Marathon, open water and ice swimmers have to learn to accept the fact they will feel cold. That’s part of the sport, both during and after the event – an after drop in temperature happens up to 10 minutes post removal from the cold environment, and may be partially accounted for by warming of the new environment (e.g. clothes).
A positive mind set is required when dealing with the cold. Firstly, the question ‘How cold is the water?’ should never been used – positive questions would be ‘How warm is it?’ That, or ‘what is the temperature?’
When swimming I envisage that I am heating the water around me, creating warmth. When asked what is the temperature? My reply is: ‘Tropical’. This is regardless of the actual temperature. A positive mindset helps you to manage the cold.
The first steps are to accept that you may feel cold and accept this. Feeling cold does not necessarily mean you are hypothermic. The peripheries will feel cold first (toes and feet) –this can be worse in people with Raynaud’s phenomenon (blood vessels overreact to cold, shutting down supply and causing excessive pain on rewarming as blood flow recovers) The classic pattern of the extremities is White, Blue, Red (painful) in this condition.
A central thermometer measures core (central) coldness, so a household one generally will not do the trick (measures peripheral temperature). Hypothermia is when:
The Core temperature drops below 35 degrees Celsius (usually it is maintained above 37 degrees Celsius)
Coldwater takes heat way much faster than cold air, but the combination of the two can potentially be fatal. You can minimise the risk of hypothermia by being prepared: acclimatization over time and gradual supervised adaptation, having multiple layers of clothing for post-swim, swim / woolly hat, earplugs etc. Knee-length costumes are considerably warmer than shorter ones in my experience. Avoid alcohol before during and after the swim.
In the absence of a thermometer, a handy tool to remember the stages of hypothermia is:
From most well to worst state, of note people may not exhibit all of these steps so need close observation:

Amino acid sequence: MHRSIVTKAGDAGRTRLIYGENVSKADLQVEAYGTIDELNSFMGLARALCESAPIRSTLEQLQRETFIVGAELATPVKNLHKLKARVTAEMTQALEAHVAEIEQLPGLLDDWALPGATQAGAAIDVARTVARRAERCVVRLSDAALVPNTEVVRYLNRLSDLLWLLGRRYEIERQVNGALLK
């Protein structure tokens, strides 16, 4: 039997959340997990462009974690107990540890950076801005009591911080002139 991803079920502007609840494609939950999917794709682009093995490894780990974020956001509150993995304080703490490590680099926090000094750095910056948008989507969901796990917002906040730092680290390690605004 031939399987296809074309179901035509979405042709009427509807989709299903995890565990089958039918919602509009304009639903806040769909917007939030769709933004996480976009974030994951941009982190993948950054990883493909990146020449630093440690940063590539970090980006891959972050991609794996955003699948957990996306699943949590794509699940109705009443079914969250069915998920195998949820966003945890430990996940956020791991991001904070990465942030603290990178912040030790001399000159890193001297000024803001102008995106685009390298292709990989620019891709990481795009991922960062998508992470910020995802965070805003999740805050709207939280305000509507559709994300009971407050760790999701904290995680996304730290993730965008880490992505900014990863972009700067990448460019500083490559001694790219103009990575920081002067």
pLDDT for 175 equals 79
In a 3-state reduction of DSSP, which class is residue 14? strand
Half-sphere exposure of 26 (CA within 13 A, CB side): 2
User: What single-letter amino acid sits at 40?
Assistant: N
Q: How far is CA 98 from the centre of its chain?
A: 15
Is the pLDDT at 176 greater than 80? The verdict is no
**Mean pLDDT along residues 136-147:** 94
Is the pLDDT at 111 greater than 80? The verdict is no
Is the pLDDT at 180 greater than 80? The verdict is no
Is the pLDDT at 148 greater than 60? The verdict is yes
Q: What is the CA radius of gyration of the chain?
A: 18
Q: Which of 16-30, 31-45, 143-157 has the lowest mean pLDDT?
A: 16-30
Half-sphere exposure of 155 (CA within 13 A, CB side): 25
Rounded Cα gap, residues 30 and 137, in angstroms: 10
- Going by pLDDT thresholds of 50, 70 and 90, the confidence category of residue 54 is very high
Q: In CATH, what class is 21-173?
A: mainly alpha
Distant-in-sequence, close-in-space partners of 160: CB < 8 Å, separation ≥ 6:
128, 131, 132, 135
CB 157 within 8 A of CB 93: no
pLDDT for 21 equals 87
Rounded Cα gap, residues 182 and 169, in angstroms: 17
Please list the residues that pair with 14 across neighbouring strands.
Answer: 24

35 to 32 degrees Celsius
‘Grumbles’: negative mental outlook, maybe shivering
32 to 28 degrees Celsius
‘Fumbles’: fine motor movement lost first – i.e. cannot do buttons or move fingers properly when asked, should be shivering in this state
‘Mumbles’: slurring of words follows; they should be shivering to try to warm
‘Stumbles’: inability to walk unaided is the last step, i.e. loss of gross motor function, they should be shivering.
I think most people have seen people in each of these stages; it may be reasonable to accept reaching the grumbles, mumbles and fumbles if you have been checked out by your medical practitioner and you are experienced and have a re-warming plan. The stumbles and beyond is potentially very dangerous.
Below 28 degrees Celsius is defined as severe hypothermia
‘Crumbles’: below 28 degrees Celsius, the body cannot shiver any more as trying to retain energy, they may lose consciousness as blood pressure drops and heart problems may occur – this is a medical emergency – professional healthcare advice should be sought.
After drop – the core temperature is lowest approx. 6-10 minutes after coming out of cold water – you need to plan for, and reassess for this drop.
First-aid Management of hypothermia can include:
- Moving indoors if possible, or at least shelter from the wind.
- Removing wet clothing and drying the skin.
- Passively reheating with multiple layers of clothing/ blankets, especially feet with socks and head with hat. Also lie on material where possible – i.e. off cold ground.
- Get people to lie next to, but not to massage them. Do not use car heating or hot shower etc. – this may cause them to collapse due to low blood pressure as blood is diverted to the skin and away from major organs too quickly.
- Warm non-alcoholic drinks may be useful and consider further professional medical attention if required.